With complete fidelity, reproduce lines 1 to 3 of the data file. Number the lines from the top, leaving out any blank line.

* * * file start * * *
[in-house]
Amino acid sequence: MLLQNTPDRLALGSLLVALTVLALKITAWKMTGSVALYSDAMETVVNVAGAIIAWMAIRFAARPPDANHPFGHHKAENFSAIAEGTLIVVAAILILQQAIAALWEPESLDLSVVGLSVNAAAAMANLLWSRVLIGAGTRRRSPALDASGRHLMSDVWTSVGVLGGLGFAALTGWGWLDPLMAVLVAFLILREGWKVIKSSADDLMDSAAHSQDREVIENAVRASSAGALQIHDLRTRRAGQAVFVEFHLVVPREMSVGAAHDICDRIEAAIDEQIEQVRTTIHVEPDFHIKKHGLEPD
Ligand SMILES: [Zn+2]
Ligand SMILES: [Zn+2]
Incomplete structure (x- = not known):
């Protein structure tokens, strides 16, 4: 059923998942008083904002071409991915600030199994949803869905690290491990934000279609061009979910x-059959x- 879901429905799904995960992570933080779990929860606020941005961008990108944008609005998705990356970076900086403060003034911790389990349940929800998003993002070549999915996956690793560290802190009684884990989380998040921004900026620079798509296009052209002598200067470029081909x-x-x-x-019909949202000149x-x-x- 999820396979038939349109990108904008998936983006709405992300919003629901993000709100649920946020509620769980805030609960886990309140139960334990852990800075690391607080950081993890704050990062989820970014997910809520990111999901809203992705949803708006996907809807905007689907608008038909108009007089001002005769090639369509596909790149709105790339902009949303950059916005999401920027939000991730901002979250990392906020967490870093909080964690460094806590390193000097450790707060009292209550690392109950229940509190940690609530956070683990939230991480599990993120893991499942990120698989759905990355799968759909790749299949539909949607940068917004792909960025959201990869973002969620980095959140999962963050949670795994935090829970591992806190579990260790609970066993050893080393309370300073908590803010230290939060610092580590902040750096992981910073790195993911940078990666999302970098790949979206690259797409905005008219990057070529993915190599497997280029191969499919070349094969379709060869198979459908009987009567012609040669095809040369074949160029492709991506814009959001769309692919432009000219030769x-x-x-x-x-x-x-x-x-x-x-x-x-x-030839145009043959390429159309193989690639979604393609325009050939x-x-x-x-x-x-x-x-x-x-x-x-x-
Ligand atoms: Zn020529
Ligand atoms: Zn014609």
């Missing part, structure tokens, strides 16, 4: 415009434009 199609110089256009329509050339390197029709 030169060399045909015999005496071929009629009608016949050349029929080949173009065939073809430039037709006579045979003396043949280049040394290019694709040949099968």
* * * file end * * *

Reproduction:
[in-house]
Amino acid sequence: MLLQNTPDRLALGSLLVALTVLALKITAWKMTGSVALYSDAMETVVNVAGAIIAWMAIRFAARPPDANHPFGHHKAENFSAIAEGTLIVVAAILILQQAIAALWEPESLDLSVVGLSVNAAAAMANLLWSRVLIGAGTRRRSPALDASGRHLMSDVWTSVGVLGGLGFAALTGWGWLDPLMAVLVAFLILREGWKVIKSSADDLMDSAAHSQDREVIENAVRASSAGALQIHDLRTRRAGQAVFVEFHLVVPREMSVGAAHDICDRIEAAIDEQIEQVRTTIHVEPDFHIKKHGLEPD
Ligand SMILES: [Zn+2]